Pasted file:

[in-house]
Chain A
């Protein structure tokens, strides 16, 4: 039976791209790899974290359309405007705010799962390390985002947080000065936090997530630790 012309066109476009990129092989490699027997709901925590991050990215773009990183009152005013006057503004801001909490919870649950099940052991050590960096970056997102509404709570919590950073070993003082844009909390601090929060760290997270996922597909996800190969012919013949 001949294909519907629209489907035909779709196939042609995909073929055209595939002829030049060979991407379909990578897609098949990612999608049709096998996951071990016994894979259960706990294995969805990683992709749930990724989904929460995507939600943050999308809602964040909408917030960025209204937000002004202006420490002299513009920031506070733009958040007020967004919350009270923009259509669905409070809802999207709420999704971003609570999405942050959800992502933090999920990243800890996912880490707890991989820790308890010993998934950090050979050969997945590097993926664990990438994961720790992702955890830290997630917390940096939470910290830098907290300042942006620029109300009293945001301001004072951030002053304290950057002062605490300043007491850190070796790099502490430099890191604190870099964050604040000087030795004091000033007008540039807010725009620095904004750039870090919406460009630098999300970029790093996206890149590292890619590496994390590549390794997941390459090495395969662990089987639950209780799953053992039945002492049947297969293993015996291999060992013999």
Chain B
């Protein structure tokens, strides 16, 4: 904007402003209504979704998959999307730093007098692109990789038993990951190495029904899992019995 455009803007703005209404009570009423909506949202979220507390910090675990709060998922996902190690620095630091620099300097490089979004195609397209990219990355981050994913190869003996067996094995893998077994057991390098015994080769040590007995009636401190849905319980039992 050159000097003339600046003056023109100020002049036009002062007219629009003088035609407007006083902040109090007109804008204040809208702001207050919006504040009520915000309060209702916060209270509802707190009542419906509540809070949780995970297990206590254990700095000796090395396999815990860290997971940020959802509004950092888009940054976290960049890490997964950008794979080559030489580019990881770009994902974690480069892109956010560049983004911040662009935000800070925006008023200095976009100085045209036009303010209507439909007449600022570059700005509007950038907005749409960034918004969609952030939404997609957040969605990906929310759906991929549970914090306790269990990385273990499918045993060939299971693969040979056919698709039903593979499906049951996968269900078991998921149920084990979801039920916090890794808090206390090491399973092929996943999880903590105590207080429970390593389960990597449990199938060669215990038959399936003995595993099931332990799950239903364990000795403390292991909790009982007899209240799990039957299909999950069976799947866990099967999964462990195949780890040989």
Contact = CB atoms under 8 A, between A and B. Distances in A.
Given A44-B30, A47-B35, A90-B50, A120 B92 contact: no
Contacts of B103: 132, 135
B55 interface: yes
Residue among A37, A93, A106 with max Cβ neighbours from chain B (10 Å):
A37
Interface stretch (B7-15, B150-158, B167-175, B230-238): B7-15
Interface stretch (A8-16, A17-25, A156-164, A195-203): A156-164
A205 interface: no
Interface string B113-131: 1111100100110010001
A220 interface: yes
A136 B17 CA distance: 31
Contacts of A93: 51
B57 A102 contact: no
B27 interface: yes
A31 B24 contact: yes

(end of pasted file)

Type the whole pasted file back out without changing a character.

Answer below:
[in-house]
Chain A
């Protein structure tokens, strides 16, 4: 039976791209790899974290359309405007705010799962390390985002947080000065936090997530630790 012309066109476009990129092989490699027997709901925590991050990215773009990183009152005013006057503004801001909490919870649950099940052991050590960096970056997102509404709570919590950073070993003082844009909390601090929060760290997270996922597909996800190969012919013949 001949294909519907629209489907035909779709196939042609995909073929055209595939002829030049060979991407379909990578897609098949990612999608049709096998996951071990016994894979259960706990294995969805990683992709749930990724989904929460995507939600943050999308809602964040909408917030960025209204937000002004202006420490002299513009920031506070733009958040007020967004919350009270923009259509669905409070809802999207709420999704971003609570999405942050959800992502933090999920990243800890996912880490707890991989820790308890010993998934950090050979050969997945590097993926664990990438994961720790992702955890830290997630917390940096939470910290830098907290300042942006620029109300009293945001301001004072951030002053304290950057002062605490300043007491850190070796790099502490430099890191604190870099964050604040000087030795004091000033007008540039807010725009620095904004750039870090919406460009630098999300970029790093996206890149590292890619590496994390590549390794997941390459090495395969662990089987639950209780799953053992039945002492049947297969293993015996291999060992013999």
Chain B
């Protein structure tokens, strides 16, 4: 904007402003209504979704998959999307730093007098692109990789038993990951190495029904899992019995 455009803007703005209404009570009423909506949202979220507390910090675990709060998922996902190690620095630091620099300097490089979004195609397209990219990355981050994913190869003996067996094995893998077994057991390098015994080769040590007995009636401190849905319980039992 050159000097003339600046003056023109100020002049036009002062007219629009003088035609407007006083902040109090007109804008204040809208702001207050919006504040009520915000309060209702916060209270509802707190009542419906509540809070949780995970297990206590254990700095000796090395396999815990860290997971940020959802509004950092888009940054976290960049890490997964950008794979080559030489580019990881770009994902974690480069892109956010560049983004911040662009935000800070925006008023200095976009100085045209036009303010209507439909007449600022570059700005509007950038907005749409960034918004969609952030939404997609957040969605990906929310759906991929549970914090306790269990990385273990499918045993060939299971693969040979056919698709039903593979499906049951996968269900078991998921149920084990979801039920916090890794808090206390090491399973092929996943999880903590105590207080429970390593389960990597449990199938060669215990038959399936003995595993099931332990799950239903364990000795403390292991909790009982007899209240799990039957299909999950069976799947866990099967999964462990195949780890040989």
Contact = CB atoms under 8 A, between A and B. Distances in A.
Given A44-B30, A47-B35, A90-B50, A120 B92 contact: no
Contacts of B103: 132, 135
B55 interface: yes
Residue among A37, A93, A106 with max Cβ neighbours from chain B (10 Å):
A37
Interface stretch (B7-15, B150-158, B167-175, B230-238): B7-15
Interface stretch (A8-16, A17-25, A156-164, A195-203): A156-164
A205 interface: no
Interface string B113-131: 1111100100110010001
A220 interface: yes
A136 B17 CA distance: 31
Contacts of A93: 51
B57 A102 contact: no
B27 interface: yes
A31 B24 contact: yes